The heads of the intelligence committees in Congress, Democratic Senator Dianne Feinstein and Republican Representative Mike Rogers, are right to be angered by recent leaks about intelligence operations involving a CIA informant inside the Al Qaeda network, drone strikes in Yemen, and a cyberattack on Iran. Unauthorized disclosures, of course, can undermine US security. But Congress’s bipartisan push for more stringent anti-leak laws may do as much harm as good.
To convict people under the Espionage Act of 1917, the main anti-leak statute on the books, a prosecutor must show that they disclosed national defense information with the intent or knowledge that it could be used to harm the United States or benefit another country. That covers all the situations that Congress should be concerned about. Proposals to make it easier to convict a leaker, either by outlawing leaks regardless of whether they affect national security or arbitrarily restricting the number of national-security officials who can talk to reporters, could serve to criminalize even expressions of disagreement on important policy matters or disclosures of official wrongdoing.
If someone in the US intelligence arena deliberately leaked information about the double agent who helped thwart an Al Qaeda plot to bomb an airliner this summer, he or she can be suitably prosecuted under the existing statute. Likewise, the various proposals to stiffen the anti-leak law wouldn’t have made it any easier to prosecute the Bush administration official who leaked information about CIA operative Valerie Plame; it turned out that the official responsible for the leak, Deputy Secretary of State Richard Armitage, didn’t know that Plame’s status was protected.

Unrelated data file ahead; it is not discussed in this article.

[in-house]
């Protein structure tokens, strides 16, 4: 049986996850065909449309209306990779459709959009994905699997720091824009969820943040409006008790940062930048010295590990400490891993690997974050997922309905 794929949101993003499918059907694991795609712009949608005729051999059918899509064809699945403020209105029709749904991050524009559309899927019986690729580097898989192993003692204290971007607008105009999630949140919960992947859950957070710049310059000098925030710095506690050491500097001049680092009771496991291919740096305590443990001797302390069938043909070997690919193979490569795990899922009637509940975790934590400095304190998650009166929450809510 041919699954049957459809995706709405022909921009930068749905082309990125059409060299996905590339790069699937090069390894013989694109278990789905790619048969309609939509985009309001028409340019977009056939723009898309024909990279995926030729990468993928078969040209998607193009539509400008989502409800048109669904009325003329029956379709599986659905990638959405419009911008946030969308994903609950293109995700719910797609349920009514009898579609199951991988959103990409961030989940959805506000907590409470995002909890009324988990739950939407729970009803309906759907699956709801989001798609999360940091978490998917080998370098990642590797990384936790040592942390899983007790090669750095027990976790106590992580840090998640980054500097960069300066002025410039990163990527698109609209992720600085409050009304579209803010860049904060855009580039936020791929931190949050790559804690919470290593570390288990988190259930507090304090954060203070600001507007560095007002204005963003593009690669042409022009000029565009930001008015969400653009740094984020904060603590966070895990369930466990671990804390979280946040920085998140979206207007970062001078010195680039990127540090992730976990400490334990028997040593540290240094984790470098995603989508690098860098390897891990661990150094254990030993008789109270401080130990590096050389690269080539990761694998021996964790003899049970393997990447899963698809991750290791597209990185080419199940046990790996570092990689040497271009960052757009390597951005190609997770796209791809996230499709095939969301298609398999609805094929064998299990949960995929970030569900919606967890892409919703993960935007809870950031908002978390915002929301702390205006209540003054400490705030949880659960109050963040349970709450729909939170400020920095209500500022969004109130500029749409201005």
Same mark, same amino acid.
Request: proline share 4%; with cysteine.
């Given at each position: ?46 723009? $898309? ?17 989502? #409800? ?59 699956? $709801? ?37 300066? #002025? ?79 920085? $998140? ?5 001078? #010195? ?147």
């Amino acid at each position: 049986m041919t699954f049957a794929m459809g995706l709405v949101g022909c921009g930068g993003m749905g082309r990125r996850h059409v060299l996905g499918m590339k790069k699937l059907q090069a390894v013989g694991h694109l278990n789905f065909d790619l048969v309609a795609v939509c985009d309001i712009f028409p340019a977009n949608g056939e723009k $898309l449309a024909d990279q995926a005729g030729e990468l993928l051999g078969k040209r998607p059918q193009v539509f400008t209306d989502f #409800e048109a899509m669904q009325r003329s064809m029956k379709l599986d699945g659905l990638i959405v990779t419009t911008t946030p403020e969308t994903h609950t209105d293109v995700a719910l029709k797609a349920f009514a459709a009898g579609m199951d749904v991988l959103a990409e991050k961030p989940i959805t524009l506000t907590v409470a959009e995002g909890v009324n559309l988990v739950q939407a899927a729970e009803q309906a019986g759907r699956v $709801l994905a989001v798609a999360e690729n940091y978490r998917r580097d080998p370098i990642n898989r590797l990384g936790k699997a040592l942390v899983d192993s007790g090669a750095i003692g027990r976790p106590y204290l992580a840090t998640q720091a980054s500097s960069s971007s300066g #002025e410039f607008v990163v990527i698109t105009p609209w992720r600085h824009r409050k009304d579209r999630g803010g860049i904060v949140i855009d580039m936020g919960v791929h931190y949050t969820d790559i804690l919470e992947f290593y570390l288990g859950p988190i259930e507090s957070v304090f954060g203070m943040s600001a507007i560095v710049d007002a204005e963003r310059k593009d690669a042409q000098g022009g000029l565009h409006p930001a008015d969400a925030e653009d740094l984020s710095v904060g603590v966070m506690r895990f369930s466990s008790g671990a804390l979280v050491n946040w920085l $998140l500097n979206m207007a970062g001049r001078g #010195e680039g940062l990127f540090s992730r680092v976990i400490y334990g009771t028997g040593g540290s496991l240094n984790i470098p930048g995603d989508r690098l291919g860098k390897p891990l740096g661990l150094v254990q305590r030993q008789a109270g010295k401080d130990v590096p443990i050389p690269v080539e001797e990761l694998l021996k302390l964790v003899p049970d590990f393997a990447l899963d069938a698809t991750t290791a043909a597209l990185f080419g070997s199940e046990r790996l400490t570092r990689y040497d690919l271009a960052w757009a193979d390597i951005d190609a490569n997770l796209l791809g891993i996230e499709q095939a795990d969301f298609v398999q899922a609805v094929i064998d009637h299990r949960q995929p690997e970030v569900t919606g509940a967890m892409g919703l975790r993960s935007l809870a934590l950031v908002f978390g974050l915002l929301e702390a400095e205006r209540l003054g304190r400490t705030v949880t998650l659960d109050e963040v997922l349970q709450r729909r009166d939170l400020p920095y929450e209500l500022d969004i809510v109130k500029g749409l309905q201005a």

And Armitage was so high on the federal food chain that a law barring lower-level officials from talking to the media would have had no effect on him. Meanwhile, allowing only the most senior administration officials to talk about national security would have given them even more power to present their sanitized versions of intelligence actions. Disclosures need to be stopped when they undermine Americans’ safety. But not all leaks are created equal; some are harmless, and some shed necessary light. The current anti-leak law strikes the necessary balance between security and transparency.